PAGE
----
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A Garden Grows in Cabrini-Green

19 Feb

Community garden along Chicago avenue near Cabrini-GreenSometimes, building community is as simple as salad dressing.

Last week, Linda Bazarian harvested fresh lettuce from her plot in the Chicago Avenue Garden. She made her ownndressing, but it wasn’t any good. This week, she’s trying a new kind, a french dressing recipe that’s a favorite of Johnnie Jones, another gardener.

These kind of recipe swaps are common among neighbors and friends.

But it’s unlikely that Linda and Johnnie would have even met before. Linda lives in upscale Old Town, and Johnnie’s a long-time resident of the Cabrini rowhouses.

It’s the garden that’s brought them together. It’s what the garden is about.

Fourth Presbyterian Church bought the lot on Chicago Avenue between Hudson and Cleveland, the southern border of the Cabrini-Green housing project,several years ago. Eventually, they hope to put a community center here, but for now, the garden serves as a way to bring people together, feed the community, and provide a safe space for kids to play

Ms. Jones, who’s 73 years old and lived in Cabrini-Green since 1963, lives by mantra she’s passed on to all her
kids and any one she’s known: “Wherever you go, get involved in the community.
And so Ms. Jones walks down to the garden several times a week to tend to her tomatoes, eggplant, peppers and cabbages. She says when she returns home, bag of home-grown produce in hand, she gets stopped by everyone she knows.

“Ms. Jones, Ms. Jones, they say, what do you have?” she says, smiling.

She wishes more residents would get involved in the garden. Only five or six families from Cabrini come there regularly, she says.

It’s a challenge for the garden, says director Natasha Holbert. She says kids flock here in droves, but it’s tougher attracting adults, something the church is working on and committing time and resources to.

I’ve read about a lot of community initiatives like this one, and a lot of them seem to fall into the same pattern. If adults
come, it’s more likely to be the middle and high income ones, while public housing residents are a little less willing and may feel less welcome.

Church members point to the kids as the evidence that it’s working. At first, I was a little skeptical of this. Kids are great and all, but if the adults aren’t here, mixing and learning from each other, where’s the potential for lasting change?

I asked Robin Snyderman about this. She’s a housing expert at Metropolitan Planning Council, a nonprofit that has done a lot of work in building community in these new mixed-income sites. Are kids the easy target, I asked Robin, eschewing meaningful adult community?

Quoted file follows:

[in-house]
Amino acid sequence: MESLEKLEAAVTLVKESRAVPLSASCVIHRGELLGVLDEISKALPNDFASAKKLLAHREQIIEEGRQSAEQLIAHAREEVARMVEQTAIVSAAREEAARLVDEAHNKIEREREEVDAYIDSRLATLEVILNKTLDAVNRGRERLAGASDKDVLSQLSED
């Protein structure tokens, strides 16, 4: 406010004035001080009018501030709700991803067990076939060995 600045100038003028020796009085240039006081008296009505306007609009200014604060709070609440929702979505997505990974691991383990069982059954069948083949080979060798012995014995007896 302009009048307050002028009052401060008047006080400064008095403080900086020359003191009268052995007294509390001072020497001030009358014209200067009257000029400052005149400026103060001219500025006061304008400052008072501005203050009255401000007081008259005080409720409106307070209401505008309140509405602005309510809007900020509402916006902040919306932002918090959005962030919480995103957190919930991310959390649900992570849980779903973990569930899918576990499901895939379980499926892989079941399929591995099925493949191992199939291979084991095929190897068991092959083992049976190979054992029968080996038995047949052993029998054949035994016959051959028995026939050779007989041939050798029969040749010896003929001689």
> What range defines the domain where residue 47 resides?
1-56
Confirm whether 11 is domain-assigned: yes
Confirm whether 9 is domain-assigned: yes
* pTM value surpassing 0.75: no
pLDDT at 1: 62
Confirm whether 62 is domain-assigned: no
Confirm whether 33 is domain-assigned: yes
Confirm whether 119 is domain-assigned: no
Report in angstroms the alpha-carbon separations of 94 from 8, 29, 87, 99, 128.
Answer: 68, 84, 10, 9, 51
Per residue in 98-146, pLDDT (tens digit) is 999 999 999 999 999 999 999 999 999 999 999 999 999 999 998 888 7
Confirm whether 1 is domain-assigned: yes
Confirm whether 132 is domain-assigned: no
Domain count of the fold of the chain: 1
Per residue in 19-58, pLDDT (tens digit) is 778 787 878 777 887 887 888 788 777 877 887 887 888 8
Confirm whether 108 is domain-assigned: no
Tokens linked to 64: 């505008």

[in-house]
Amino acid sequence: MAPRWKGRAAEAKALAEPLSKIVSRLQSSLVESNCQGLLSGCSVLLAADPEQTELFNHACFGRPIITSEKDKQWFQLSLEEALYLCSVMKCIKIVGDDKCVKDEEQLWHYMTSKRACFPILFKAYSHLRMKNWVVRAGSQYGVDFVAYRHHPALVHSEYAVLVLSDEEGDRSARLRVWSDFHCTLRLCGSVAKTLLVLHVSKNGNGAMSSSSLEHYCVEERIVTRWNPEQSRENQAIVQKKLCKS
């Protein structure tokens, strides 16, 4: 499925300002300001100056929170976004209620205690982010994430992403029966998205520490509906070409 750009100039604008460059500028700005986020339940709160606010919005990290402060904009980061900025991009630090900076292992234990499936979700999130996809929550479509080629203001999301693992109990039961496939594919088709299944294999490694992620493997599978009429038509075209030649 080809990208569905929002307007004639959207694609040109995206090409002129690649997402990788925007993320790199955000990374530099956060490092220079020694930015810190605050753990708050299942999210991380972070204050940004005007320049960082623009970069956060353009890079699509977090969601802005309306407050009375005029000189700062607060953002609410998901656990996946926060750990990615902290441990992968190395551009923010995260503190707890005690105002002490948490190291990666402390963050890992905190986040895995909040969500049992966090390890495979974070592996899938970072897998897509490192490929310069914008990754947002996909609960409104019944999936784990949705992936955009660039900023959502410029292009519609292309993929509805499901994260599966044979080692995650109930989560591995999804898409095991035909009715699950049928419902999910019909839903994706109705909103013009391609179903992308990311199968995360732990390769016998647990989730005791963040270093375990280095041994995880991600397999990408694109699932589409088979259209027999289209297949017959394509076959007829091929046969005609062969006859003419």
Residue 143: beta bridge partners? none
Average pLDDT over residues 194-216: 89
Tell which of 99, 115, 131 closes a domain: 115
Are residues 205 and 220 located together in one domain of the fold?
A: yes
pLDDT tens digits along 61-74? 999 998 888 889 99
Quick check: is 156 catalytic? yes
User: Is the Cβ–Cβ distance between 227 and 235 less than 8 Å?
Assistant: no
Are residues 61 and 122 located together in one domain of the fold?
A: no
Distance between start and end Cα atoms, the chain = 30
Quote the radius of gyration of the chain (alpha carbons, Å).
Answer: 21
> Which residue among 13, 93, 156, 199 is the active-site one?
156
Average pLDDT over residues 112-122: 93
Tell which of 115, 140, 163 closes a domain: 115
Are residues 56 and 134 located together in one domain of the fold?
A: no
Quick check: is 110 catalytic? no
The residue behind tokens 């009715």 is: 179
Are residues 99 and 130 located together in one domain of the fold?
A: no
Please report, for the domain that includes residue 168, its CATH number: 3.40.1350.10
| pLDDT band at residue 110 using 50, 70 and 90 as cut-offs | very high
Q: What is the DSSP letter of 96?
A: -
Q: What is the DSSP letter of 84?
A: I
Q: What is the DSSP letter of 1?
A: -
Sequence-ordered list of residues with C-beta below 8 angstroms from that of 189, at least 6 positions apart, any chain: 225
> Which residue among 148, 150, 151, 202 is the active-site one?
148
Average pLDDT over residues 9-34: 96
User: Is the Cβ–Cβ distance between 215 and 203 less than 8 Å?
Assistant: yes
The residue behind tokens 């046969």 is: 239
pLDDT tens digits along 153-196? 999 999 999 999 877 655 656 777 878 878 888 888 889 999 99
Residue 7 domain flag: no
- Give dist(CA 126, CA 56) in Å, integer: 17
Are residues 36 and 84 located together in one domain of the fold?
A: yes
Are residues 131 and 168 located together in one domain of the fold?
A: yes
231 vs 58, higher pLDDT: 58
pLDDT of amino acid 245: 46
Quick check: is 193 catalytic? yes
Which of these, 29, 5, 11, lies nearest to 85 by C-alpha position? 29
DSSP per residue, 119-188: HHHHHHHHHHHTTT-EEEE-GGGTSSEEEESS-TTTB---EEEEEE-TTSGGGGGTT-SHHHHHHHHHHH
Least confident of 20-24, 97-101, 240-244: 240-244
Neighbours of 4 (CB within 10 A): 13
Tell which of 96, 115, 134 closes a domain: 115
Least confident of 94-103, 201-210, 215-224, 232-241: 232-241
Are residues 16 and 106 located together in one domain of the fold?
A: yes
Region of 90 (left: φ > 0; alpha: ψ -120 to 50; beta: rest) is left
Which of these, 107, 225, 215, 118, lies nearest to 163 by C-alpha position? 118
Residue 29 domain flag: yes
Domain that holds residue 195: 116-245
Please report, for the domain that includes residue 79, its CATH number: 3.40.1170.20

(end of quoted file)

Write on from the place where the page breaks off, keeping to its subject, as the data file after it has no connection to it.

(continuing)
Nope, she said. Kids are the gateway. People will go to things they would never go to because their kids want to or are already there. And places like this garden create a space for that to happen.

“This stuff can’t be phony,” Robin says. “You can’t create intimacies where intimacies don’t exist. But you can create common space, common goals, and a common vision.”

MPC is actually sponsoring a contest designed to get Chicagoans thinking about these common spaces. “What makes your place great?” is one of their new initiatives on placemaking – creating shared public spaces where people can enjoy and interact with each other, bringing a community together. Places – they think – have the power to make neighbors out of strangers.

I experienced it myself, spending time in the garden. I was there only a few minutes when a little girl decided I should help her pick out just the right colored pencil for her rainbow. Ten minutes later, when another child pushed her, she ran to me for comfort. There’s something about a tiny person who doesn’t know your name, but feels free to wrap their arms around your neck and cry hot tears, that breaks down your pretense, your cautiousness and your cool, reporter-like attitude.

It’s unrealistic, I think, just to expect to throw people of different income levels together and hope they get along. And maybe it’s also unrealistic to expect that the change we’re looking for – the weaving and binding together of different kinds of people – would happen right here and now. Perhaps the work we do now is for the next generation. And children, as the cliché goes, are the future.

”This next generation helps us grow out of our own segregated past and succeed in a diverse society,” Robin says.